Josh Ritter is one of the best living Americana players and composers. But yet despite his great acclaim and appreciation within that sphere, he seemed never to break through into a wider mainstream audience. Other greats have recently netted increasing broad critical attention which has thankfully turned to sales and award wins, all of which are only important so far as they translate again to more listeners and a broader audience. Perhaps it was because he played the kind of folk that was just a bit too cozy to country for more country-averse types to dig into while at the same time being a bit too literary and musically rich for pop country to really sink its teeth into, leaving him both beloved and aesthetically homeless all at once. He cites figures like Bob Dylan and Flannery O’Connor as his biggest influences, which make for great songs that apparently are a hard sell to most.
So on Fever Breaks, his tenth album, he decided to pair up with one of the few country-folk/Americana artists to have crossed over in a big way, using Jason Isbell and the 400 Unit as his backing band for this set of tracks. Anyone who’s visited Treble knows how we feel about Jason Isbell and his band, a sentiment shared broadly among any reputable music publication; there is a reason, after all, that Jason Isbell has swept the Americana award section of the Grammys for the past three records he’s released. He is simply one of the best out there, and behind him he assembled a mighty band that is able to be muscular when need be and tender in the next moment, to solo like a motherfucker but also to provide rich and dramatic backing. This seems like the touch Josh Ritter needed. His backing band on his previous records were no slouches, of course, but there is a particular kind of cinematic dramaturgy that the 400 Unit brings to these compositions that feels unique, avoiding alt country and trad country cliche in equal bounds.
Make no mistake: This may get tagged as folk rock or Americana, but this is country music, real country music. Not to say necessarily that the stuff on radio isn’t also real country; country music, like hip-hop and metal and rock, have commercial and arthouse variations and everything in between. Josh Ritter’s compositions and tales feel like they’d sit comfortably next to the rough and tumble outlaw classics of the ’40s, ’50s, ’60s, and ’70s, his songs rimmed with a literary darkness as he sings about killers and the wild chase and the myths of America. If “real” is not the best word, then perhaps “rarefied” is; Ritter’s storytelling, straddling the line somewhere between Nick Cave’s gaunt southern gothic tales and Jason Isbell’s tales of common life and the quiet natural struggles of living, feel so much like the very center of what country music is in both myth and lived experience. It is impossible, I would venture, to listen to these songs and not fall in love with them.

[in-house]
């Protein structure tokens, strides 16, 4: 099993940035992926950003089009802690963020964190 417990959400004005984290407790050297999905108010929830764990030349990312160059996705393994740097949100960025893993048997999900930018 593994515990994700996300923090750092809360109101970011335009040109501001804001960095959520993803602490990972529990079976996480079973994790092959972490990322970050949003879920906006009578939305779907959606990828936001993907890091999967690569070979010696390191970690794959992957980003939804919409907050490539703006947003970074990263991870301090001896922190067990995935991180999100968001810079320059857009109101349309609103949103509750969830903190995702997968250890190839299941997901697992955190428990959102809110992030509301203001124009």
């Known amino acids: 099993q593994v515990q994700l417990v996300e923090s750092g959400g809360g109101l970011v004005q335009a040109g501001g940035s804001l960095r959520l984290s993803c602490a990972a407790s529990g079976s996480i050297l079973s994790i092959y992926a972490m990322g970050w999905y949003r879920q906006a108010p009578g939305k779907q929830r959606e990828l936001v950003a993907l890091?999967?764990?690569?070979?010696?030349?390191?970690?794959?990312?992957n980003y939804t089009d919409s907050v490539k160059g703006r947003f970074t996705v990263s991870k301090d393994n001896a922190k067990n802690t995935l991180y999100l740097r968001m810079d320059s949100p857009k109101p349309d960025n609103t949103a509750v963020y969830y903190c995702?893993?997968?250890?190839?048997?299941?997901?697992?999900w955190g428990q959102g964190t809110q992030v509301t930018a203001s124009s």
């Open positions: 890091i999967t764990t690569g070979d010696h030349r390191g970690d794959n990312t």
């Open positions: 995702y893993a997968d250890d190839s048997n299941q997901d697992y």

More often than not on an album, lyrics are a vehicle for the timbre of the vocal line, something that dapples but does not center itself on the compositions themselves. This is why, after all, a great deal of music in foreign tongues still moves us; mostly we find musicians tend to write in a manner where the song is conveyed just as much sonically as it is textually. But Josh Ritter produces not just songs that are yearning and gorgeous to listen to, slicing like the most beautiful silver knife with ivory inlaid handle right into your aching chest, but also a set of lyrics that feel worthy of being read on their lonesome. This is because, like Isbell and also figures like John Darnielle of the Mountain Goats, the notion of the quality of his lyrics matters to Ritter, not replacing the value of the song itself but wanting to stand capably next to its sibling and peer.
Adding the 400 Unit to these songs produces a set of songs that will move you no matter which end you view them through, be it lyrical or musical. The record serves well to prove that those friends of yours pushing you to listen to country weren’t just pulling your leg; like any genre, it has its dross, but there’s real beauty here. It is a knowing nod that following the acclaim trio of Southeastern, Something More Than Free and The Nashville Sound, Jason Isbell set his band to back Ritter on Fever Breaks as their next project, one that aligns Ritter’s body of work with Isbell’s own and attempts to turn the same critical and commercial love Isbell has (rightfully) been receiving lately on another great and deserving peer. One hopes, hearing how fruitful and immaculate this marriage of groups has been, that it serves its purpose and not only gains new listeners but casts their eyes back on the immense and worthy body of work Ritter has preceding this record. Fever Breaks is the country record to beat of 2019.